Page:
The doctrines of the incarnation (Jesus Christ as God in human flesh) and the Trinity (one God in three persons) are two of historic Christianity’s most distinctive teachings. In fact, these two doctrinal truths separate the historic Christian faith from the two other major Middle Eastern monotheistic religions of Judaism and Islam.1
Yet these biblically revealed doctrines contain great mystery, for God is infinite and eternal while human beings—in stark contrast—are finite, temporal creatures. Nevertheless, the Christian church in its historic councils and creeds through the centuries has taken great care to define and offer models of explanation concerning these doctrinal truths.2
Recently, a Facebook friend asked me a series of questions about how Jesus’s state as the incarnate Son of God related to the broader Christian conception of God as Trinity. I’ve included our exchange here (paraphrased) and hope you’ll find it helpful in your theological reflection.
Questions on the Trinity
I want to better understand the relationship between Jesus Christ’s incarnation and the other persons of the Trinity. For example, what happened to the “nature of the Triune Godhead” while the Son (Jesus Christ) was finite here on Earth, but the Father and Holy Spirit were not confined to a finite body? How can one member be finite but the others are not? Can one member have a separate and seemingly distinct, temporal existence, while the other two do not share in that, or so it seems?
My other questions are related. What happened to the “nature of the Trinity” while Christ was temporal but God the Father and the Holy Spirit were, at least before creation, timeless? The same goes with omniscience. How is Christ limited in his understanding but the other two members of the Godhead are simultaneously all-knowing?
It seems, from a layman’s perspective, that there is a fundamental change occurring between the three of them. I hope you can help me to understand this better.
The general Christian orthodox view is that while Jesus Christ was a single person with two distinct-yet-united natures (deity and humanity), during his incarnation the divine nature continued to act in all ways consistent with the Godhead (infinite, eternal [or timeless], omniscient, etc.). So there was no change to the Son’s divine nature (or attributes) that he shares fully and equally with the Father and the Spirit and thus no change in the ontological nature of the Trinity. In the incarnation, the Son simply took to himself a human nature and thus became the God-man.
Jesus’s limitations in his earthly ministry reflected only his human nature. The person of Christ was the eternal Son but it appears Christ usually operated in his human nature and sometimes through his divine nature. A possible analogy is that Christ’s two levels of awareness (human and divine) operated similarly to the human conscious and subconscious states. His human nature would reflect Christ’s conscious awareness while the divine would reflect his subconscious awareness (deeper and yet always available).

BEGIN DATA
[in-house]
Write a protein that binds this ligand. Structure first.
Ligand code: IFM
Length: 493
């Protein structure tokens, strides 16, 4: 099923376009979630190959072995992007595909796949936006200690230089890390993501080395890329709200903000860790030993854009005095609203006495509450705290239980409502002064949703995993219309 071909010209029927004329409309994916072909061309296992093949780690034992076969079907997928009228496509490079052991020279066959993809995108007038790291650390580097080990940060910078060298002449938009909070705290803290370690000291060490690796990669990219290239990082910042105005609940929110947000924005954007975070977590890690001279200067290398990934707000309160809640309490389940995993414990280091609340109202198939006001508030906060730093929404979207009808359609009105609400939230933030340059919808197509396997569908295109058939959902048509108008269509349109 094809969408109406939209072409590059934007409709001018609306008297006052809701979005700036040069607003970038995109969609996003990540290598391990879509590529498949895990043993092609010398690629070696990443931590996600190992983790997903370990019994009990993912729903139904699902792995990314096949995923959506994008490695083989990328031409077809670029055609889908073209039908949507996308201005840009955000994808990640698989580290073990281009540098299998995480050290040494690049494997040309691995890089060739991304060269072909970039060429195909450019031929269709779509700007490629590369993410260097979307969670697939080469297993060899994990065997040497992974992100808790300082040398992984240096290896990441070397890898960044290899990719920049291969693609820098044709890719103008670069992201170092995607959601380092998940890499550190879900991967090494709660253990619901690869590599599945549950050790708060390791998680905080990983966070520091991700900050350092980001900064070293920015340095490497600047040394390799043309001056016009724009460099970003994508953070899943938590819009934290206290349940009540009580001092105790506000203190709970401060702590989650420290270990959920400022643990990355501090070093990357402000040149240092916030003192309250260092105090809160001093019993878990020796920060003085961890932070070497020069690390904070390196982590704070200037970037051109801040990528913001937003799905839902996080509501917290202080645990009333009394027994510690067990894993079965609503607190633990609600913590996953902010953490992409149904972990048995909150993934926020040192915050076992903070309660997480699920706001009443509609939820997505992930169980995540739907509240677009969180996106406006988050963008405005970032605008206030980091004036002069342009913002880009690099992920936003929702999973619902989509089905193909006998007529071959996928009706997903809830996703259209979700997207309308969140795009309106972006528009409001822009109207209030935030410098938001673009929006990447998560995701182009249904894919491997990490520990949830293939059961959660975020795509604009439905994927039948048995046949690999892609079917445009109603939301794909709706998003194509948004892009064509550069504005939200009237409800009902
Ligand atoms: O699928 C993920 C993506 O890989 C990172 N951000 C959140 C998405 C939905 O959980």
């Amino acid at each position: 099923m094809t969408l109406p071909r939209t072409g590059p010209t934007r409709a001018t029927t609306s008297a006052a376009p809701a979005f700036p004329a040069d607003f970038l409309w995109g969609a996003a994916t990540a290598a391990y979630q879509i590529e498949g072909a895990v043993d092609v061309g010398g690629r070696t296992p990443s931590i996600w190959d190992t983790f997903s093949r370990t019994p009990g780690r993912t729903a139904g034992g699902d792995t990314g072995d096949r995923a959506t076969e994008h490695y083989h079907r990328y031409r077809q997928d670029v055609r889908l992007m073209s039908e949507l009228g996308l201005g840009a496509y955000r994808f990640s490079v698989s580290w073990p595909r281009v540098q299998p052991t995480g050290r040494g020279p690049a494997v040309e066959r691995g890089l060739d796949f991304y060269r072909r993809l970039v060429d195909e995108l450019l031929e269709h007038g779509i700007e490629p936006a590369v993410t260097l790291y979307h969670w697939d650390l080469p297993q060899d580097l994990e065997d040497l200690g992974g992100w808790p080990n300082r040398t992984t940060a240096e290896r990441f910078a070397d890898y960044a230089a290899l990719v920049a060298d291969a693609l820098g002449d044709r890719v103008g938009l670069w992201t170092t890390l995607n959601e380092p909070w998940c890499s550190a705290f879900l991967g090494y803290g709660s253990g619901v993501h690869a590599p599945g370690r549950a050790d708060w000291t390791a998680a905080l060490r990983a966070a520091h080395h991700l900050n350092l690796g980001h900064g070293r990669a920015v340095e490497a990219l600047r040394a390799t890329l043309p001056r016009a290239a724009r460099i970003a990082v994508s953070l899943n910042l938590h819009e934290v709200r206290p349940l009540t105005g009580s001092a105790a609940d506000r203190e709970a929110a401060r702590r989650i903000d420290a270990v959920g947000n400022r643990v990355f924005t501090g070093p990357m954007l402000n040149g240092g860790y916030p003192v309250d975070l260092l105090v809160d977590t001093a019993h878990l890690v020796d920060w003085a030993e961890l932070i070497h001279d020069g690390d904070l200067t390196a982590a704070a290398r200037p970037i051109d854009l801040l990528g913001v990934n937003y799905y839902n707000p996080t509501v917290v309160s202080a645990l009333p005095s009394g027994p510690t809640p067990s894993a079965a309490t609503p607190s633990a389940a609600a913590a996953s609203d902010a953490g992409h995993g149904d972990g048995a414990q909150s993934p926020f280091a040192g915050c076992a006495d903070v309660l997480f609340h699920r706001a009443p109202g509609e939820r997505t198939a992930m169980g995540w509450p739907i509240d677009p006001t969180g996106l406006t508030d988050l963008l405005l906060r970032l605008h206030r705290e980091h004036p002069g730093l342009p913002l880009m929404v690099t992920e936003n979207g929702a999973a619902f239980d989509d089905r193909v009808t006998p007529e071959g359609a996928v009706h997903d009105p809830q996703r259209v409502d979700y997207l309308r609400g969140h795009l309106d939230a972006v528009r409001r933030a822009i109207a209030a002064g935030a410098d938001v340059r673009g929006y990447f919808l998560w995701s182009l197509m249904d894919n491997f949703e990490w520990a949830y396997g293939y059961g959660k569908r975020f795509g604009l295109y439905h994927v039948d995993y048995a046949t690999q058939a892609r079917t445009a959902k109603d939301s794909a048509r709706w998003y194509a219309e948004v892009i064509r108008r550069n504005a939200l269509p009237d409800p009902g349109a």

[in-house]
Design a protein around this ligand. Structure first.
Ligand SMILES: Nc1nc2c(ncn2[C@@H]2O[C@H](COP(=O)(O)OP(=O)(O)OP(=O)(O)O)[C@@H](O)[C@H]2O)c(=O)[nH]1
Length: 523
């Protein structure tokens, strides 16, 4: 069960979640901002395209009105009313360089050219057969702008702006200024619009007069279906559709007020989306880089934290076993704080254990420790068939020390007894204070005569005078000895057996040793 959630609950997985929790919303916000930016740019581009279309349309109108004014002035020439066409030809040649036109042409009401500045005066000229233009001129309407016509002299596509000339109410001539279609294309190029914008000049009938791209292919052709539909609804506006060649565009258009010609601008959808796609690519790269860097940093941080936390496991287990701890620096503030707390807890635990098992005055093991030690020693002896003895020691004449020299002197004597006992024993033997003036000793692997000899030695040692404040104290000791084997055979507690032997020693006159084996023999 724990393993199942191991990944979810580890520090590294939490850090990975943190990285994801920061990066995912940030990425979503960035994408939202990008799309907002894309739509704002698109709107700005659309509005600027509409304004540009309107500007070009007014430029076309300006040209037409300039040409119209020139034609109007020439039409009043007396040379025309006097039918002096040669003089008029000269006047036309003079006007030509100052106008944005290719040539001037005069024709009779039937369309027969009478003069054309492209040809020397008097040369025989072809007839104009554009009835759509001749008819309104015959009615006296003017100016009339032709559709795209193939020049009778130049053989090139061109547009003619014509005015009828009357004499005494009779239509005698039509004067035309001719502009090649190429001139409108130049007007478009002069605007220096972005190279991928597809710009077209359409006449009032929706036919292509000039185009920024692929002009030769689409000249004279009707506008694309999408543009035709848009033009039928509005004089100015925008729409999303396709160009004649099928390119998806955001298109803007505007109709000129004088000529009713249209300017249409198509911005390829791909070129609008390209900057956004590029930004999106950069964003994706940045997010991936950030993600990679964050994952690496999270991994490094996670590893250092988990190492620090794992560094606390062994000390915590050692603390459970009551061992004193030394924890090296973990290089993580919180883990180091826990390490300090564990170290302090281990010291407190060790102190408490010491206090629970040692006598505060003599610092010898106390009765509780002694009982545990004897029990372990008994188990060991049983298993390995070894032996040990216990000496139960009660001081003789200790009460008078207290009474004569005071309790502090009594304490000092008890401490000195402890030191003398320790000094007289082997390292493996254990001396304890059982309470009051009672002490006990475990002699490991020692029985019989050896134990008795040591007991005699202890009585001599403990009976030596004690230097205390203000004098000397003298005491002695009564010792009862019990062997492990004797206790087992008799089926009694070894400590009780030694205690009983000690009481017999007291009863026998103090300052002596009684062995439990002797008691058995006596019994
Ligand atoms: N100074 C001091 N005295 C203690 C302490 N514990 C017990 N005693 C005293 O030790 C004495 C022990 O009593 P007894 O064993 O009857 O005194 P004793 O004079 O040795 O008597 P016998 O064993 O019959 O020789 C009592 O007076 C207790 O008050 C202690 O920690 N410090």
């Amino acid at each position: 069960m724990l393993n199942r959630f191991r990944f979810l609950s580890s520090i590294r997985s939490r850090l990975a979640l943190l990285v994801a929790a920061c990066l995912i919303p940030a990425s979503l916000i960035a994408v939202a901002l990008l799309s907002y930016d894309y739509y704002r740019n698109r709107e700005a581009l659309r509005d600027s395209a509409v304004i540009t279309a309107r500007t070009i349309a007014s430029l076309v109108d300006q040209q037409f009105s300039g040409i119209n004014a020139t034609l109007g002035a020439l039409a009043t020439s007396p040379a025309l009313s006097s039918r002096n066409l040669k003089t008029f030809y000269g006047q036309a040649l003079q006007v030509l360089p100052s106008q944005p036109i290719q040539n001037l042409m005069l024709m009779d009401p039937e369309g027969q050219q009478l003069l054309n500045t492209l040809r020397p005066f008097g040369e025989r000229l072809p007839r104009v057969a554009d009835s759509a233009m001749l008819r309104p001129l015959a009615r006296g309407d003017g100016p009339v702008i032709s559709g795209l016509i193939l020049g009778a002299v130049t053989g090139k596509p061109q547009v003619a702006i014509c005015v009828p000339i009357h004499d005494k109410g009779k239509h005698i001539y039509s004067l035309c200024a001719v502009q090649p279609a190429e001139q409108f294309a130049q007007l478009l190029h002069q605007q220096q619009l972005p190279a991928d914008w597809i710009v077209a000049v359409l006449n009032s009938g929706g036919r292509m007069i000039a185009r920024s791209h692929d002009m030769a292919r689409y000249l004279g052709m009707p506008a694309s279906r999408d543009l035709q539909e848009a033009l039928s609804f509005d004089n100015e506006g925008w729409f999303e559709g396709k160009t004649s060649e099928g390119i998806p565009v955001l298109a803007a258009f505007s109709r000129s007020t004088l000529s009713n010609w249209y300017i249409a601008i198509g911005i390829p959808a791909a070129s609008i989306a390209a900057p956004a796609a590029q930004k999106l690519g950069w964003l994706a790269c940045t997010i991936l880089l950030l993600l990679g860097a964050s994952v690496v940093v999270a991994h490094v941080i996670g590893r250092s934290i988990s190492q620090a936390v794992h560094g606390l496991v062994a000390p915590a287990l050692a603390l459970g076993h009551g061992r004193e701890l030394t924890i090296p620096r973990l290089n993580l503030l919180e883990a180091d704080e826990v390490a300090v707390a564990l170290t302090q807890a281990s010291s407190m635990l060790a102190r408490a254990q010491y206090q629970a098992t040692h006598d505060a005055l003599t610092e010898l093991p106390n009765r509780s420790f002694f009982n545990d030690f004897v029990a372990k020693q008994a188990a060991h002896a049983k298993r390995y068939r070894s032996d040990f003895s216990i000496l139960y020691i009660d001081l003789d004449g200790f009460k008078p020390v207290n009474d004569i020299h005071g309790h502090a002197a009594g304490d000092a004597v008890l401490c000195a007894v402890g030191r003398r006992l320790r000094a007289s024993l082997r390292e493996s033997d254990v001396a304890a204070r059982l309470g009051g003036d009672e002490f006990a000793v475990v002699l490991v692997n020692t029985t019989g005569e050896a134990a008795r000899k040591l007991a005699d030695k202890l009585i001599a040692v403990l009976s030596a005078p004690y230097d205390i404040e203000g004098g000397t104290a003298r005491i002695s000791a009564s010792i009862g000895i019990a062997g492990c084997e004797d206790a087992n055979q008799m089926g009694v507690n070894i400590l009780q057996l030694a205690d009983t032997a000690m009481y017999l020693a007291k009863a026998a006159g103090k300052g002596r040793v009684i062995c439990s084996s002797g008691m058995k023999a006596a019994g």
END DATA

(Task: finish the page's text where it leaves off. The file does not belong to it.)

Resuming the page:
The two natures in Christ’s incarnation are united in the one person but do not mix or mingle and therefore do not negate or deny one another. So the human nature is not divinized and the divine nature is not dragged down. Thus, having two natures is not a logical contradiction because there is no negation or denial (no A and non-A). Yet there is still great mystery in the incarnation.3
Thanks for these great theological questions. Keep studying historic Christian doctrine.
Reflections: Your Turn
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For a discussion of the nature of the Christian God within the context of worldview thinking, see A World of Difference: Putting Christian Truth-Claims to the Worldview Test, chapter 8.
For more about some of the great Christian thinkers who helped shape Christian orthodoxy, see Classic Christian Thinkers: An Introduction.
For a discussion of how Jesus Christ is different from the other leaders of the world’s religions, see God among Sages: Why Jesus Is Not Just Another Religious Leader.
Traditional Jews and Muslims deny both the incarnation and the Trinity and instead affirm a unitarian view of God (a single God who is one in being and one in person and thus has no begotten coequal son to be incarnated). For a detailed biblical, theological, and apologetics discussion of the incarnation and the Trinity, see Kenneth Richard Samples, Without a Doubt: Answering the 20 Toughest Faith Questions (Grand Rapids, MI: Baker Books, 2004), chapters 5 (Trinity) and 9 (incarnation).For a detailed discussion of how the incarnation relates to the Trinity in terms of mystery and logic, see Christianity Cross-Examined: Is It Rational, Relevant, and Good? (Covina, CA: RTB Press, 2021), chapter 5.